Forum: Districts losing money to charter schools

CORTLAND – A total of $770 million in state funds is being taken annually throughout Ohio from public schools for charter schools, say public school officials who are deeply concerned as their districts receive less and less money to educate students.

More than 75 Trumbull and Mahoning county school administrators, school board members and members of the public gathered at a forum Wednesday at Lakeview High School to hear how charter schools in the past 15 years have taken more and more taxpayers’ money from public schools.

The forum was hosted by the League of Women Voters of Trumbull County and superintendents from Howland and Lakeview.

Officials said the state needs to change the way charter schools are funded since taking those funds from public schools forces districts to seek passage of levies to bring in needed money.

Lakeview School Superintendent Robert Wilson said there are 100,000 students (1 in 18 students) in Ohio attending charter schools.

”When you attach a dollar figure to that number, it really jumps out at you at what monies are leaving public education. This really hits school districts in the pocket,” Wilson said.

He said since the first charter school opened in Toledo 15 years ago, the face of public education has greatly changed.

Wilson said since 2003 nearly $3 million has left Lakeview schools going to charter schools.

Officials are also concerned with the poor state performance ratings of many charter schools.

He said he is very disturbed that students leave Lakeview, which has an Excellent with Distinction state rating, to attend charter schools that have lower state ratings and are in Academic Emergency.

”When these students leave, they are taking with them Lakeview taxpayer dollars to go to charter schools that are not doing the job academically,” Wilson said.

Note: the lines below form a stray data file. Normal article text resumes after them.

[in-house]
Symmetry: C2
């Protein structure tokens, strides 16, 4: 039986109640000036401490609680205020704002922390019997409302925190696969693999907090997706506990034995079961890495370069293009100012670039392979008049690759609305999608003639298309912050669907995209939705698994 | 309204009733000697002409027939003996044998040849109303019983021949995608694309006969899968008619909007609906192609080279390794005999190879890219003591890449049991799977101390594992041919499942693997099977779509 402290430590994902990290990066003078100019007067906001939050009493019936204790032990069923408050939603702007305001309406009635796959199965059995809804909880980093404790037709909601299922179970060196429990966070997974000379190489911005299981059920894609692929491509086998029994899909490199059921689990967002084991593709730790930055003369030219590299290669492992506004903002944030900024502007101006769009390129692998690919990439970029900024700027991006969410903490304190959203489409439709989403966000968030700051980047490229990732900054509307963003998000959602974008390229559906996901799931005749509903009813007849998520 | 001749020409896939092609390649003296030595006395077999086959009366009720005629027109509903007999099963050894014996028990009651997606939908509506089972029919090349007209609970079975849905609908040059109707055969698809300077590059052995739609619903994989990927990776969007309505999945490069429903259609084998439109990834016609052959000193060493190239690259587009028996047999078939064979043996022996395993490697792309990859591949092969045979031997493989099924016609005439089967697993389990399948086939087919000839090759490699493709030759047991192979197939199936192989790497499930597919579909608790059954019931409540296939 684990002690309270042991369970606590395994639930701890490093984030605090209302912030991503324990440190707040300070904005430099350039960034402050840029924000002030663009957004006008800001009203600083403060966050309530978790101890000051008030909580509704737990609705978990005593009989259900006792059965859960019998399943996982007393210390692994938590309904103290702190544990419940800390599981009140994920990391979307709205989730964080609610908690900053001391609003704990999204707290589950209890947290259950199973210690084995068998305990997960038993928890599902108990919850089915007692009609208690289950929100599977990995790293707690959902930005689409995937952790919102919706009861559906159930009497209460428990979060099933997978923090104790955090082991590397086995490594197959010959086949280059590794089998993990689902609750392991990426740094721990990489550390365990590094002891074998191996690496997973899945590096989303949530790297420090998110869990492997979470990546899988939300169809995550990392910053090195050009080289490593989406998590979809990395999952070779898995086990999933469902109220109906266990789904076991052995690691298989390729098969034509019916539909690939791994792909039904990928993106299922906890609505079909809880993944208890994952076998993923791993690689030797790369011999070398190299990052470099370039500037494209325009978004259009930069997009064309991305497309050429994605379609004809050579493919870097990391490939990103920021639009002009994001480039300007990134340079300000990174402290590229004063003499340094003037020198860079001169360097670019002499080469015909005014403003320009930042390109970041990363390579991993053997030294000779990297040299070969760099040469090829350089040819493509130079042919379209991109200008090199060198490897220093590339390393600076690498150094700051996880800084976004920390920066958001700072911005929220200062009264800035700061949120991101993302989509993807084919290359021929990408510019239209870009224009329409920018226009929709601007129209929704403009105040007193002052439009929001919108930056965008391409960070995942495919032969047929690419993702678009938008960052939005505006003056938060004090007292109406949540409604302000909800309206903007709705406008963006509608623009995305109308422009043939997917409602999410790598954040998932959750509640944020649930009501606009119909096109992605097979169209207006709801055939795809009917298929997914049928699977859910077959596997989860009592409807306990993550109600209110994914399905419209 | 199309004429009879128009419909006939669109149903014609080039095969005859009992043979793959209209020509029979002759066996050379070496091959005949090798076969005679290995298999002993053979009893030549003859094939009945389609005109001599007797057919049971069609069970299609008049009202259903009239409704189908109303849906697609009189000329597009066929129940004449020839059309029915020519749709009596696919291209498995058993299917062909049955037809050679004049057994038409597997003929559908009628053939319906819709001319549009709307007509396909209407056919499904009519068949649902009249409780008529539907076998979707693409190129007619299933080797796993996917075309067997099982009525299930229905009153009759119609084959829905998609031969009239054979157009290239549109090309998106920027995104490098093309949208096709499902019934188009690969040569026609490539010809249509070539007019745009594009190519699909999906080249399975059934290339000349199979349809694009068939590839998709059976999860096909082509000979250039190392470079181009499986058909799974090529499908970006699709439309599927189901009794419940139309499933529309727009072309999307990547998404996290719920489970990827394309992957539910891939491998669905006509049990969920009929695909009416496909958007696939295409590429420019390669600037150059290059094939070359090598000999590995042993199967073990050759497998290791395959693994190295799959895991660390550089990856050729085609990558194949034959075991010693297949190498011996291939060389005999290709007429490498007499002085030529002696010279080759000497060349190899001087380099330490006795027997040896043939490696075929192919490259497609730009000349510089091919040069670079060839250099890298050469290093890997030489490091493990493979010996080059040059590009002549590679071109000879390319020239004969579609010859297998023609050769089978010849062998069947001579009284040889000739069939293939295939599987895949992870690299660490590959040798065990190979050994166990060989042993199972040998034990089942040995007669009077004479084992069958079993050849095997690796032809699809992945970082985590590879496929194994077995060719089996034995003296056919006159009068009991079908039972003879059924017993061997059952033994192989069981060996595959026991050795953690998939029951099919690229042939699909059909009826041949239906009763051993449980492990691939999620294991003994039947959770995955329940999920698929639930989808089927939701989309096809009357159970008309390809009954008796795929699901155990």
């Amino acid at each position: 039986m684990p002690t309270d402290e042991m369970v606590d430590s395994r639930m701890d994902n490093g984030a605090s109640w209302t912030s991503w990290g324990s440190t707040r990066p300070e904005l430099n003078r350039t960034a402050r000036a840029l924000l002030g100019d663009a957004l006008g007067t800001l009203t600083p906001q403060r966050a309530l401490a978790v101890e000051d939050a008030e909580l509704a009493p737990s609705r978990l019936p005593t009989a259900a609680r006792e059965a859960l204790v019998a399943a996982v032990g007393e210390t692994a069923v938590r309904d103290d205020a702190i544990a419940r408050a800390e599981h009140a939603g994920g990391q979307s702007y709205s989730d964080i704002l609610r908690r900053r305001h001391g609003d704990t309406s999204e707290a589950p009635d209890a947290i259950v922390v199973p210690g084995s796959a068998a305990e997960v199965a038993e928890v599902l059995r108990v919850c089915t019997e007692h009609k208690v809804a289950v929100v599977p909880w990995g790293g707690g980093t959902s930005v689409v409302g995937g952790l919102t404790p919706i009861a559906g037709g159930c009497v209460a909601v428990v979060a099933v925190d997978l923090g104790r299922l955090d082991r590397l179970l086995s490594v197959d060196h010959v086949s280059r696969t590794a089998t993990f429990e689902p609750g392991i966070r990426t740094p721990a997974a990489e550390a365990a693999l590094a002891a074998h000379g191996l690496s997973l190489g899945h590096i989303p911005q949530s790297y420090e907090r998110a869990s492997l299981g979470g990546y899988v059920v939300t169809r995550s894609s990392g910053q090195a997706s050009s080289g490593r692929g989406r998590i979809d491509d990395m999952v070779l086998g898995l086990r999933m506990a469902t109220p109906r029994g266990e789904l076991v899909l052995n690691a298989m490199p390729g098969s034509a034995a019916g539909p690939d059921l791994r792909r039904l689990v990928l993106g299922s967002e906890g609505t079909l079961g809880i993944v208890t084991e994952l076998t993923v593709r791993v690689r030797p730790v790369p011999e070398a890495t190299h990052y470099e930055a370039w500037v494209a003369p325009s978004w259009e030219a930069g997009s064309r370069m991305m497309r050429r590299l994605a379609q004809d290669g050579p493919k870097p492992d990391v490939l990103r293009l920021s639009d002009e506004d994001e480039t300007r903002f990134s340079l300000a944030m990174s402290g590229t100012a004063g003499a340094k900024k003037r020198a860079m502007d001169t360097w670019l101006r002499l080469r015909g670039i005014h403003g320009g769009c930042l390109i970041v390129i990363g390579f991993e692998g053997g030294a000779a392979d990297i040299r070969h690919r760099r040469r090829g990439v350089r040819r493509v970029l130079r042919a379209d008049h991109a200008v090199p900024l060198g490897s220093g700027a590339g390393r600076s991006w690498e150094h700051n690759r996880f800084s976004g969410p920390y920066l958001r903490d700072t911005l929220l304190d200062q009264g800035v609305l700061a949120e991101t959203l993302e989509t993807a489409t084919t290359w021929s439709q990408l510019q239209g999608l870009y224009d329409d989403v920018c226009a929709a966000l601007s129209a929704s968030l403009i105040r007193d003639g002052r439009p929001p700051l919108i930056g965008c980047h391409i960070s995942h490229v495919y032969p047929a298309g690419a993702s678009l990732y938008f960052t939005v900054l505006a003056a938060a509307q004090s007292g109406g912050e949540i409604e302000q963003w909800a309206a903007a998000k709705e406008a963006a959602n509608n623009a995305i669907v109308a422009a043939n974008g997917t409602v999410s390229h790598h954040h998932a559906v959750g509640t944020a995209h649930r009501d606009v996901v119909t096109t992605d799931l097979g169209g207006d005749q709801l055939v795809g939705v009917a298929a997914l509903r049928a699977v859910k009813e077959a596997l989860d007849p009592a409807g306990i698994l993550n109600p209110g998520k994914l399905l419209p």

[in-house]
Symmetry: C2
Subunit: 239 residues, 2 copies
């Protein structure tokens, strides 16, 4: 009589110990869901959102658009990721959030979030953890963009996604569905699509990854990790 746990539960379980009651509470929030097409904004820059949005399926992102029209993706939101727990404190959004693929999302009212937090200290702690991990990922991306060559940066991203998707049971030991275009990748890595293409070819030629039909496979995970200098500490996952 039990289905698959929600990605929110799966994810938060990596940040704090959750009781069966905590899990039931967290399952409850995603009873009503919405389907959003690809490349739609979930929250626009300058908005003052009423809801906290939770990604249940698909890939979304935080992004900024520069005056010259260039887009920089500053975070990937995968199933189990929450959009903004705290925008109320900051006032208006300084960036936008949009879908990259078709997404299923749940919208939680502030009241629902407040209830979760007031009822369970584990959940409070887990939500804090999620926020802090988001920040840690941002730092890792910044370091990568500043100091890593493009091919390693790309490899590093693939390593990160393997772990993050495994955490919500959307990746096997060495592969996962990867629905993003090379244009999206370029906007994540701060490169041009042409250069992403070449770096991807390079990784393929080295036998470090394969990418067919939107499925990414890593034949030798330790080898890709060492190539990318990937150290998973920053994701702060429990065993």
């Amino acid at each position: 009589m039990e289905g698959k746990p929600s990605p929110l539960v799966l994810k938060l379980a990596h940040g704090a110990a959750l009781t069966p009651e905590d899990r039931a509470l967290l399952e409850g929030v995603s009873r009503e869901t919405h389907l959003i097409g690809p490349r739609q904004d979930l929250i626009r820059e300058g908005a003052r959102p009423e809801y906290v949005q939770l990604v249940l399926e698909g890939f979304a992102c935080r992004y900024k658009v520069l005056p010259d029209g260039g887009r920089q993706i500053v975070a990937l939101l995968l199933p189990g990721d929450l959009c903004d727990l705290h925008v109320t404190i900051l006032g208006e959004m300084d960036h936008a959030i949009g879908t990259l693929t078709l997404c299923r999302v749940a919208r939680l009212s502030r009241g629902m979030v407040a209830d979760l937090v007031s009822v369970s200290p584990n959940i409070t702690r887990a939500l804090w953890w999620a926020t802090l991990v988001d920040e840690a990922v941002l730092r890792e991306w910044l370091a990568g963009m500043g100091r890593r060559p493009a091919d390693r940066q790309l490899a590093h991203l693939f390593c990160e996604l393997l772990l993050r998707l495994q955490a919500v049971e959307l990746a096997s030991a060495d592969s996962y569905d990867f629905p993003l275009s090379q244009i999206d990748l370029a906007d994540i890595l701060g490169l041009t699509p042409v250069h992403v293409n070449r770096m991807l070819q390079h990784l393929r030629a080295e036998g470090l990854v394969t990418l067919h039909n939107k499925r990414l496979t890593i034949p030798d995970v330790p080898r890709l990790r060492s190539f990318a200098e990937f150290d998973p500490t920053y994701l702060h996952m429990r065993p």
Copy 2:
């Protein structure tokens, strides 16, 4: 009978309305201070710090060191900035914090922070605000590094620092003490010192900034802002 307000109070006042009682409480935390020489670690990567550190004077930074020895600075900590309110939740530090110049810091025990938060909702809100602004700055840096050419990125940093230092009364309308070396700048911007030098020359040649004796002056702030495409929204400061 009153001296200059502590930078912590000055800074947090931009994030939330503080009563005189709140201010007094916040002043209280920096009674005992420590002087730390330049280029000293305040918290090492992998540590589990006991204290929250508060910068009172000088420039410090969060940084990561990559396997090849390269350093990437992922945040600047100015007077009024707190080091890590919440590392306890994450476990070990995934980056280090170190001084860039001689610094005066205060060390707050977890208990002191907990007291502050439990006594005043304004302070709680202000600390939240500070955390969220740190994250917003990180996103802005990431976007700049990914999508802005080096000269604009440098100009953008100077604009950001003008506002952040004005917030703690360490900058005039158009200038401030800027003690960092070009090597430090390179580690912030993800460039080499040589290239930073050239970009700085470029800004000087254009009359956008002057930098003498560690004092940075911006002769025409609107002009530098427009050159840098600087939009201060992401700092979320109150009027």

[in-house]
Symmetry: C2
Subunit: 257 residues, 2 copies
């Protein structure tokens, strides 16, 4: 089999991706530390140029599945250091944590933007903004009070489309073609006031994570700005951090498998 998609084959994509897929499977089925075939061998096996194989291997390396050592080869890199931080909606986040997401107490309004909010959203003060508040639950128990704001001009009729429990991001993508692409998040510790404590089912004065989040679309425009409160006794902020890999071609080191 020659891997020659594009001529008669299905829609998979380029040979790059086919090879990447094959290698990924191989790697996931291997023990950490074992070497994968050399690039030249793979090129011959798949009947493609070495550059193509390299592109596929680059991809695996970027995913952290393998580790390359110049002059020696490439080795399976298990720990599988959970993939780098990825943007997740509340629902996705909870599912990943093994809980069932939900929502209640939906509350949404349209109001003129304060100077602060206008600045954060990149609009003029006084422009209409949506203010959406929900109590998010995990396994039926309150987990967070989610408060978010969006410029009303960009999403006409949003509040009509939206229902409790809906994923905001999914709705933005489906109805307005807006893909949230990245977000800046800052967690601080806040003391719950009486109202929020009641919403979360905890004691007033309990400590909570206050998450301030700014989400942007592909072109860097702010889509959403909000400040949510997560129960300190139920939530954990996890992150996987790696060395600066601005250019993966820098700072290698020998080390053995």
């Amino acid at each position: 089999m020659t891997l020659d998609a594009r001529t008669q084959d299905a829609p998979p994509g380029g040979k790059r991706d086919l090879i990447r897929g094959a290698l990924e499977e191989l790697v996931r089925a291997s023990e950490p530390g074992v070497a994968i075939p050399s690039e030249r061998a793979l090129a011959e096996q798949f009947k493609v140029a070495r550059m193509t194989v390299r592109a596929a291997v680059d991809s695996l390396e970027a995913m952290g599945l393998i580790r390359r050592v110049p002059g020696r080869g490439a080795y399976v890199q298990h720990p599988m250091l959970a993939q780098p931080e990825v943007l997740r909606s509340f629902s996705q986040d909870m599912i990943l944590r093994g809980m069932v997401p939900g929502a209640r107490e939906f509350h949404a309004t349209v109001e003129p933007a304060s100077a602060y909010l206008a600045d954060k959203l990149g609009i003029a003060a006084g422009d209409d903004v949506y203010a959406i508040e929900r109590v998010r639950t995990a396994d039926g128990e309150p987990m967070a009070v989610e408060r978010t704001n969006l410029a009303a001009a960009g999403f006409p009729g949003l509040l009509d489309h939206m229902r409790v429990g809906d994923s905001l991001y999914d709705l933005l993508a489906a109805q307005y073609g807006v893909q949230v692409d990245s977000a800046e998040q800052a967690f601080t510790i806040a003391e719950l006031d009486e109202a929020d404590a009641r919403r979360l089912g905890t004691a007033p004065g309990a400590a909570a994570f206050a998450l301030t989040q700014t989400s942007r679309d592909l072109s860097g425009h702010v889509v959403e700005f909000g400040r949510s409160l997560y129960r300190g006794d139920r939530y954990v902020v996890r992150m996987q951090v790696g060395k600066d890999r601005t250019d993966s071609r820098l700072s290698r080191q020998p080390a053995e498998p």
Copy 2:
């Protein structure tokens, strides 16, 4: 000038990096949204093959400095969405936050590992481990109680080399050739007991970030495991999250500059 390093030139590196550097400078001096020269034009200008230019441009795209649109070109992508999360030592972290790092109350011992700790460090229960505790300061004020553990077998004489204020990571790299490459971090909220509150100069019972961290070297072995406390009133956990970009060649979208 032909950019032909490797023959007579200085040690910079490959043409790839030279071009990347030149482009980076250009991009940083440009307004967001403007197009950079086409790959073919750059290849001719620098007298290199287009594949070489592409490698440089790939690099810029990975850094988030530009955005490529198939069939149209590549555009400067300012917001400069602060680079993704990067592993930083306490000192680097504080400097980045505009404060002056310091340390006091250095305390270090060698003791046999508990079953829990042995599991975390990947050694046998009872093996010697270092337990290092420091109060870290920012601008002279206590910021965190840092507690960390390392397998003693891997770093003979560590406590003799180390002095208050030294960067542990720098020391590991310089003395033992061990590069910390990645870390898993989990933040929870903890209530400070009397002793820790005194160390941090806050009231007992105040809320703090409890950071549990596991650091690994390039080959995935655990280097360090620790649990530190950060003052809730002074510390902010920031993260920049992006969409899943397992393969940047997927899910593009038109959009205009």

He said statistics and data show that 23 percent of Ohio public schools have Excellent with Distinction ratings while only 1 percent of the charter schools have an Excellent with Distinction, with 96 percent of those schools receiving Continuous Improvement rating.

”Where is the outrage over the flow of your taxpayer dollars into these failing schools? Any way you look at it, it is wrong,” said William Phillis, executive director of Ohio’s Coalition for Equity and Adequacy of School Funding.

Phillis predicted when the governor’s state budget is released today ”most school districts will be sickened.”

He said unless people rise up against the current situation, in five or more years, several billion dollars of school district funds will go to charter schools and vouchers.

”What will happen in five years pales in comparison to what is taking place now,” Phillis said.

Wilson said Lakeview receives $3,342 per student in funds from the state but ends up paying $8,984 per student to charter schools when a students leaves Lakeview. He said last year, $290,480 of Lakeview taxpayer money went to charter schools.

Officials said because monies are taken from public schools they are forced to go to the taxpayers for passage of levies to bring in funds.

Howland Superintendent John Sheets echoed neighboring Lakeview’s situation, noting many districts throughout the area are having to ask for passage of levies as more and more public taxpayer dollars leave public schools for charter schools.

”When charter schools first started in 1997, the snowball started down the hill and is still growing and growing,” Sheets said.

He said Howland receives $1,506 per student from the state and pays $8,930 per student to charter schools.

Sheets said Howland had 83 students go to charter schools, costing the district $739,709 which could have been used in the public schools.

”We tell parents their children are leaving districts with excellent ratings and going to charter schools with lower ratings,” Sheets said.

Sheets said the 20 public schools in Trumbull County received $140,451,630 from the state but have given $11,516 million to charter schools for 1,358 students who left public for charter schools.

Phillis said public schools provide the funding for transportation of students to charter schools, noting $20 million in taxpayer money goes to transportation.

Sheets said if a student returns to a public school from a charter school often they often have deficiencies and can’t pass state tests.

Sheets said the performance levels of charter schools needs to be addressed.

Phillis said sometimes parents make ”bad decisions” in taking children from excellent-rated districts to poorly rated charter schools.